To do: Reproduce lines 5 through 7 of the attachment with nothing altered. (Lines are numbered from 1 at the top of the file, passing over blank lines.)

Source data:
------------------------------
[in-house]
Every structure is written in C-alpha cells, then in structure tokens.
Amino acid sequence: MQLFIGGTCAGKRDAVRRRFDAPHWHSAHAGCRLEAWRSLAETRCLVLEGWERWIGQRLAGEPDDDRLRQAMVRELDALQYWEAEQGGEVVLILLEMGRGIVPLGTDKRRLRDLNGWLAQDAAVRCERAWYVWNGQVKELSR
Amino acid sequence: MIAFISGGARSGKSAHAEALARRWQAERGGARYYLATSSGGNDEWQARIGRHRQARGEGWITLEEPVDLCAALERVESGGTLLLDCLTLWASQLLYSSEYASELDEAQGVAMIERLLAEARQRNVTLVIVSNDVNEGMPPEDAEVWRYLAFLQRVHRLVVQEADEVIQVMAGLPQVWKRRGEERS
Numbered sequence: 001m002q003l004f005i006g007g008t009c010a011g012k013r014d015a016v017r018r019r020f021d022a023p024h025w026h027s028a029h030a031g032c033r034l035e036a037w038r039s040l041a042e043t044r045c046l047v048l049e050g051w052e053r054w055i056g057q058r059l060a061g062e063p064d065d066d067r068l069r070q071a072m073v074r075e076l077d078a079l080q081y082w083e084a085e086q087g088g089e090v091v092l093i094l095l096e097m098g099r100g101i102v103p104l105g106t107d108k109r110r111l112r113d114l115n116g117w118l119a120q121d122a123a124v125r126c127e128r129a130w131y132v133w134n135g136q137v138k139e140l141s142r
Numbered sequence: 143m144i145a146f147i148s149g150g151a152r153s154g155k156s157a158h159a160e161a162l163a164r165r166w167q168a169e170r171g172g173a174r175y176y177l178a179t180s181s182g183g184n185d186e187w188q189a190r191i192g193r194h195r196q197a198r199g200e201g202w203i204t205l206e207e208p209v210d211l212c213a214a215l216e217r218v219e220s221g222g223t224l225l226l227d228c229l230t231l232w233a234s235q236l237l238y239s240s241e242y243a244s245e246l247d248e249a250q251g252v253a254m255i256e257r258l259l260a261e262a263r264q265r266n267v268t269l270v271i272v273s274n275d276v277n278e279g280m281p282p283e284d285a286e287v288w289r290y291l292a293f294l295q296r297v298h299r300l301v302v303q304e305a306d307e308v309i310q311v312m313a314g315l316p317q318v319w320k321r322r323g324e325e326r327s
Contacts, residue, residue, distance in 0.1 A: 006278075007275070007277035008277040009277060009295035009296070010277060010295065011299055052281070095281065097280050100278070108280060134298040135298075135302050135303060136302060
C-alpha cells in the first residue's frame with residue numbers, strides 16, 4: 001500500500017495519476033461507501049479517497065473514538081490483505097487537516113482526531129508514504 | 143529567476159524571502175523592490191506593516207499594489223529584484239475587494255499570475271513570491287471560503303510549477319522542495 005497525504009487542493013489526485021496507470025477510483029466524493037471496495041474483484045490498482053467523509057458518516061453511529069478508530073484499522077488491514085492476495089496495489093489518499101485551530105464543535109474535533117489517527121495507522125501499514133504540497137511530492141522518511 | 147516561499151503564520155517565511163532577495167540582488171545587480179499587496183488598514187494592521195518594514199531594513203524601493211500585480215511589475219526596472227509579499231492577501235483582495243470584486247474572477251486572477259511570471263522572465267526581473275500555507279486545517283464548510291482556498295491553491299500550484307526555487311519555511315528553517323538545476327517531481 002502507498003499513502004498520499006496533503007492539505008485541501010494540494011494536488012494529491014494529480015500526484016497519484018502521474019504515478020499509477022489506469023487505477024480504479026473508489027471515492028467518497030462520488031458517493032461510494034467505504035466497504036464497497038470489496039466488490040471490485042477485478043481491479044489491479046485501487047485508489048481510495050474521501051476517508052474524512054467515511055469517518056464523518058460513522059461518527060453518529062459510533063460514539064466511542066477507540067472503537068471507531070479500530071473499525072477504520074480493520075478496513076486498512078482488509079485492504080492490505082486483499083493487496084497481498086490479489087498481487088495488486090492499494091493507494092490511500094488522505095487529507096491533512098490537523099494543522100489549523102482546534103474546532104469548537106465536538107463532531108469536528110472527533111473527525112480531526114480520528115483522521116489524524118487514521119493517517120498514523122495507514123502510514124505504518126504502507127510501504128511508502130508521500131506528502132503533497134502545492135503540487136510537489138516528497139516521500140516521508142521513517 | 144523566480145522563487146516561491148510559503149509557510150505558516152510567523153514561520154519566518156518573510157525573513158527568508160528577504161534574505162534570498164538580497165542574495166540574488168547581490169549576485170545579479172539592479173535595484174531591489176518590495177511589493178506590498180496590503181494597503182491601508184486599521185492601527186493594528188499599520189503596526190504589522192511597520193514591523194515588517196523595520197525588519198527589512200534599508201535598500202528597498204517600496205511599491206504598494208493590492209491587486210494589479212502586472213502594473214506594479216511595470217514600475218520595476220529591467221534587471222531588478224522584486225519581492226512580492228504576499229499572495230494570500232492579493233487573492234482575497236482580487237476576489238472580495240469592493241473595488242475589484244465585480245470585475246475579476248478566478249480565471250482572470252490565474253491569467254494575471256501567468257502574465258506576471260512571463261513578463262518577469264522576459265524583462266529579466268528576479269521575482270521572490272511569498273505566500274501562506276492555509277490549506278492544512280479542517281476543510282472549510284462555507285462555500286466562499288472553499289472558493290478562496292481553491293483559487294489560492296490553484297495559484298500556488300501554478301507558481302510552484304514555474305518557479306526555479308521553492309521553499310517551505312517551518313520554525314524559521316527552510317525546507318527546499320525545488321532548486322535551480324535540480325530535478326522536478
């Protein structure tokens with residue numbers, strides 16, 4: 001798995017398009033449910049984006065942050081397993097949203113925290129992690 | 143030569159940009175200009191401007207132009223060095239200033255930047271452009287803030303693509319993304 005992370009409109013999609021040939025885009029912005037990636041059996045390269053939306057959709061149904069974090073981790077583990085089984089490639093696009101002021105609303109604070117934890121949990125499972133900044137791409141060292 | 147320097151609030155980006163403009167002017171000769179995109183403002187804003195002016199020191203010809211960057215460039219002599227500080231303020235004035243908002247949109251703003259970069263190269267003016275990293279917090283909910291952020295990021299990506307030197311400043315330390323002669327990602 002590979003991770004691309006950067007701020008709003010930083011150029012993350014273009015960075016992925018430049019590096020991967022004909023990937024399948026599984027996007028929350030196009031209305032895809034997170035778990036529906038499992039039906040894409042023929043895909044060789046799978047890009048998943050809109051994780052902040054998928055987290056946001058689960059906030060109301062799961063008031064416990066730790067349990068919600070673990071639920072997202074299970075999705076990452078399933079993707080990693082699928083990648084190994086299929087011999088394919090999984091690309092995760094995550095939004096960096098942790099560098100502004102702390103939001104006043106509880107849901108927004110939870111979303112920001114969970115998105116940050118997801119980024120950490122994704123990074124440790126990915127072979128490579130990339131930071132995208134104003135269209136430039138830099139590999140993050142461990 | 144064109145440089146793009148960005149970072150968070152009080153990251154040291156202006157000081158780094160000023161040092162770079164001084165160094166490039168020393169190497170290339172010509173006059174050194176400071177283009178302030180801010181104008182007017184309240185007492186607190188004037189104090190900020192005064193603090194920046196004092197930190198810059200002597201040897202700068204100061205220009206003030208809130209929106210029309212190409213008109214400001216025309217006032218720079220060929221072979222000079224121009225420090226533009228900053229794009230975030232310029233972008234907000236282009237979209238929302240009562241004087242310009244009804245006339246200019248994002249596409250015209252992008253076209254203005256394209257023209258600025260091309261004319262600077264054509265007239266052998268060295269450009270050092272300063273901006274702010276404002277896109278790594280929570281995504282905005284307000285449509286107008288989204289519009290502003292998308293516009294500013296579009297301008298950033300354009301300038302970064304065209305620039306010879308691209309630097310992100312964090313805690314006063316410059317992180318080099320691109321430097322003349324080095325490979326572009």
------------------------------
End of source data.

Numbered sequence: 001m002q003l004f005i006g007g008t009c010a011g012k013r014d015a016v017r018r019r020f021d022a023p024h025w026h027s028a029h030a031g032c033r034l035e036a037w038r039s040l041a042e043t044r045c046l047v048l049e050g051w052e053r054w055i056g057q058r059l060a061g062e063p064d065d066d067r068l069r070q071a072m073v074r075e076l077d078a079l080q081y082w083e084a085e086q087g088g089e090v091v092l093i094l095l096e097m098g099r100g101i102v103p104l105g106t107d108k109r110r111l112r113d114l115n116g117w118l119a120q121d122a123a124v125r126c127e128r129a130w131y132v133w134n135g136q137v138k139e140l141s142r
Numbered sequence: 143m144i145a146f147i148s149g150g151a152r153s154g155k156s157a158h159a160e161a162l163a164r165r166w167q168a169e170r171g172g173a174r175y176y177l178a179t180s181s182g183g184n185d186e187w188q189a190r191i192g193r194h195r196q197a198r199g200e201g202w203i204t205l206e207e208p209v210d211l212c213a214a215l216e217r218v219e220s221g222g223t224l225l226l227d228c229l230t231l232w233a234s235q236l237l238y239s240s241e242y243a244s245e246l247d248e249a250q251g252v253a254m255i256e257r258l259l260a261e262a263r264q265r266n267v268t269l270v271i272v273s274n275d276v277n278e279g280m281p282p283e284d285a286e287v288w289r290y291l292a293f294l295q296r297v298h299r300l301v302v303q304e305a306d307e308v309i310q311v312m313a314g315l316p317q318v319w320k321r322r323g324e325e326r327s
Contacts, residue, residue, distance in 0.1 A: 006278075007275070007277035008277040009277060009295035009296070010277060010295065011299055052281070095281065097280050100278070108280060134298040135298075135302050135303060136302060